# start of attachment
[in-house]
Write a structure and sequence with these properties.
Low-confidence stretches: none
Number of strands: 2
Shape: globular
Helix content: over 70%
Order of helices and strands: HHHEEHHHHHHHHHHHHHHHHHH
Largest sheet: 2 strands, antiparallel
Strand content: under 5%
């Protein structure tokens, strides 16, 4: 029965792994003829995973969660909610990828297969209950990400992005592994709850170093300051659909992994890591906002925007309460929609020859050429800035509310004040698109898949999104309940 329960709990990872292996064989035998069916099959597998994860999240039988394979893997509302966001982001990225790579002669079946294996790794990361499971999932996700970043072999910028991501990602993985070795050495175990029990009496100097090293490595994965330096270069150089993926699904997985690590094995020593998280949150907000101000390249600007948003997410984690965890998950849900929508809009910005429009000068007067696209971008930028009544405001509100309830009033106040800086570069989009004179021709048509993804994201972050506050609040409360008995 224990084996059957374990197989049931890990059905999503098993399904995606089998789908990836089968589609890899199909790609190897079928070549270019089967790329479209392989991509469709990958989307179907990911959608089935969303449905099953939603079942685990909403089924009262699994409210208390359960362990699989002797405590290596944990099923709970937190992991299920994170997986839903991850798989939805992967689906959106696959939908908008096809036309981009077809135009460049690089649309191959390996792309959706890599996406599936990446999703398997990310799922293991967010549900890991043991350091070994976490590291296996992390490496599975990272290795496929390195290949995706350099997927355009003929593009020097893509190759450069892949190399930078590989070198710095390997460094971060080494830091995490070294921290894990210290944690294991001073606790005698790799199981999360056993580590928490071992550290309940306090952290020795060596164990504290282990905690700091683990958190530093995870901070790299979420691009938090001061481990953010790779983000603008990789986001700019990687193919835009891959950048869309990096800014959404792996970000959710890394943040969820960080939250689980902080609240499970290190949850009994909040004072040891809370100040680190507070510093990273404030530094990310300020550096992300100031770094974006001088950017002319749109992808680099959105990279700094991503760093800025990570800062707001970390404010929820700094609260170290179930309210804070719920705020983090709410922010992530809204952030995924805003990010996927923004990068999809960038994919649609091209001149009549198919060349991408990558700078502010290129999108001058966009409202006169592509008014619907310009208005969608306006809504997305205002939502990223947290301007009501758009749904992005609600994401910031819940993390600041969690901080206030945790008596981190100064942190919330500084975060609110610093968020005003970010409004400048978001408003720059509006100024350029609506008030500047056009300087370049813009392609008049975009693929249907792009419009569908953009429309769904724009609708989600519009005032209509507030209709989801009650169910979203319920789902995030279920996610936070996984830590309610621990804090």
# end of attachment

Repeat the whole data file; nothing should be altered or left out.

[in-house]
Write a structure and sequence with these properties.
Low-confidence stretches: none
Number of strands: 2
Shape: globular
Helix content: over 70%
Order of helices and strands: HHHEEHHHHHHHHHHHHHHHHHH
Largest sheet: 2 strands, antiparallel
Strand content: under 5%
């Protein structure tokens, strides 16, 4: 029965792994003829995973969660909610990828297969209950990400992005592994709850170093300051659909992994890591906002925007309460929609020859050429800035509310004040698109898949999104309940 329960709990990872292996064989035998069916099959597998994860999240039988394979893997509302966001982001990225790579002669079946294996790794990361499971999932996700970043072999910028991501990602993985070795050495175990029990009496100097090293490595994965330096270069150089993926699904997985690590094995020593998280949150907000101000390249600007948003997410984690965890998950849900929508809009910005429009000068007067696209971008930028009544405001509100309830009033106040800086570069989009004179021709048509993804994201972050506050609040409360008995 224990084996059957374990197989049931890990059905999503098993399904995606089998789908990836089968589609890899199909790609190897079928070549270019089967790329479209392989991509469709990958989307179907990911959608089935969303449905099953939603079942685990909403089924009262699994409210208390359960362990699989002797405590290596944990099923709970937190992991299920994170997986839903991850798989939805992967689906959106696959939908908008096809036309981009077809135009460049690089649309191959390996792309959706890599996406599936990446999703398997990310799922293991967010549900890991043991350091070994976490590291296996992390490496599975990272290795496929390195290949995706350099997927355009003929593009020097893509190759450069892949190399930078590989070198710095390997460094971060080494830091995490070294921290894990210290944690294991001073606790005698790799199981999360056993580590928490071992550290309940306090952290020795060596164990504290282990905690700091683990958190530093995870901070790299979420691009938090001061481990953010790779983000603008990789986001700019990687193919835009891959950048869309990096800014959404792996970000959710890394943040969820960080939250689980902080609240499970290190949850009994909040004072040891809370100040680190507070510093990273404030530094990310300020550096992300100031770094974006001088950017002319749109992808680099959105990279700094991503760093800025990570800062707001970390404010929820700094609260170290179930309210804070719920705020983090709410922010992530809204952030995924805003990010996927923004990068999809960038994919649609091209001149009549198919060349991408990558700078502010290129999108001058966009409202006169592509008014619907310009208005969608306006809504997305205002939502990223947290301007009501758009749904992005609600994401910031819940993390600041969690901080206030945790008596981190100064942190919330500084975060609110610093968020005003970010409004400048978001408003720059509006100024350029609506008030500047056009300087370049813009392609008049975009693929249907792009419009569908953009429309769904724009609708989600519009005032209509507030209709989801009650169910979203319920789902995030279920996610936070996984830590309610621990804090």